According to The EastAfrican, the second round of bids for Uganda’s oil licensing round that expired at the end of September ended with no new expressions of interest received from oil companies to explore the five new blocks on offer in the Albertine Graben.
The five blocks are Block01 (Avivi) covering 1,026 square kilometres; Block02 (Omuka) covering 750 square kilometres, Block03 (Kasuruban) covering 1,285 square kilometres, Block04 (Turaco) covering 637 square kilometres and Block05 (Ngaji) covering 1230 square kilometres.
The second bid round was aimed at increasing international investment into Uganda’s energy sector and the government is hoping to sign production sharing agreements and give exploration licenses to successful firms.
The Permanent Secretary of Uganda’s Ministry of Energy, Robert Kasande, said the country will proceed with the licensing. “We got six applications in total; these are the ones we are going to evaluate”.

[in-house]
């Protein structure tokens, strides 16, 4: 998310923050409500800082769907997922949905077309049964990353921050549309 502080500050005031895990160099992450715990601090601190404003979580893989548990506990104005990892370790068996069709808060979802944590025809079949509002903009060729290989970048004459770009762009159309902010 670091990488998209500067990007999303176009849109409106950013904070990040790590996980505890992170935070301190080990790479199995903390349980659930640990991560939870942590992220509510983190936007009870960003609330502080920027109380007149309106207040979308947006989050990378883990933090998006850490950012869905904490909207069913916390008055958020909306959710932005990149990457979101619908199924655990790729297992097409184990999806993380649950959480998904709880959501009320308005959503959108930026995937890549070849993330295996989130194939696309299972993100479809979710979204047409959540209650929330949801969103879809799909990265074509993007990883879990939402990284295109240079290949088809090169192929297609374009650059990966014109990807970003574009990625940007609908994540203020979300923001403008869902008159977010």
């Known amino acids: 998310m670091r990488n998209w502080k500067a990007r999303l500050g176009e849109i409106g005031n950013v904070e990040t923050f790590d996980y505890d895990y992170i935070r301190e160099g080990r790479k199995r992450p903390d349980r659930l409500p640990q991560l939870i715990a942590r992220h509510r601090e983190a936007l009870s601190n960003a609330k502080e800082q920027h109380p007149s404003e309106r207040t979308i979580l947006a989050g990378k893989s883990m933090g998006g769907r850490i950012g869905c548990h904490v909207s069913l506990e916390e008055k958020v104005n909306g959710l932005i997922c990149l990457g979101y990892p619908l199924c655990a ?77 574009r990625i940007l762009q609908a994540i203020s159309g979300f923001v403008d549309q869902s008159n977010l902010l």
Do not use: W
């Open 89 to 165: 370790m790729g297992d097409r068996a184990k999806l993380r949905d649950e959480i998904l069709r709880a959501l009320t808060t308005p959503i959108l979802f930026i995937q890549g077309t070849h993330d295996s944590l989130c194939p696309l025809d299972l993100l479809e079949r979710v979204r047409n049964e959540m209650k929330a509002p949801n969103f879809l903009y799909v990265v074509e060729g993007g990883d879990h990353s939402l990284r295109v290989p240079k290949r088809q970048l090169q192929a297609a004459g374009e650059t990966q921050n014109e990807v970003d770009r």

The applications to be evaluated are from local and international companies that had expressed interest to vie for the five blocks on offer before the first deadline of March 2020. The Ministry said the low number is because of the conditions of the global economy due to the COVID-19 pandemic which caused the country to extend the expression of interests until 30th September.
The country’s competitive licensing round in 2017 also did not yield the desired result as no global oil major made a bid, rather 17 small oil firms did, with only two of them picked. The two were Nigeria’s Oranto Petroleum that was awarded the license for Ngassa oil Block and Australia’s Armour Energy Ltd that was awarded the licence for Kanywataba Block.
Uganda has awarded nine production licenses in total. They are Kingfisher field to China National Offshore Oil Corporation (CNOOC) in 2012, Mputa-Nzizi-Waraga, Kasemene-Wahrindi, Kigogole-Ngara, Ngege fields to Tullow Uganda in 2016 and Ngiri, Jobi-Rii and Gunya fields to Total E&P Uganda in 2016.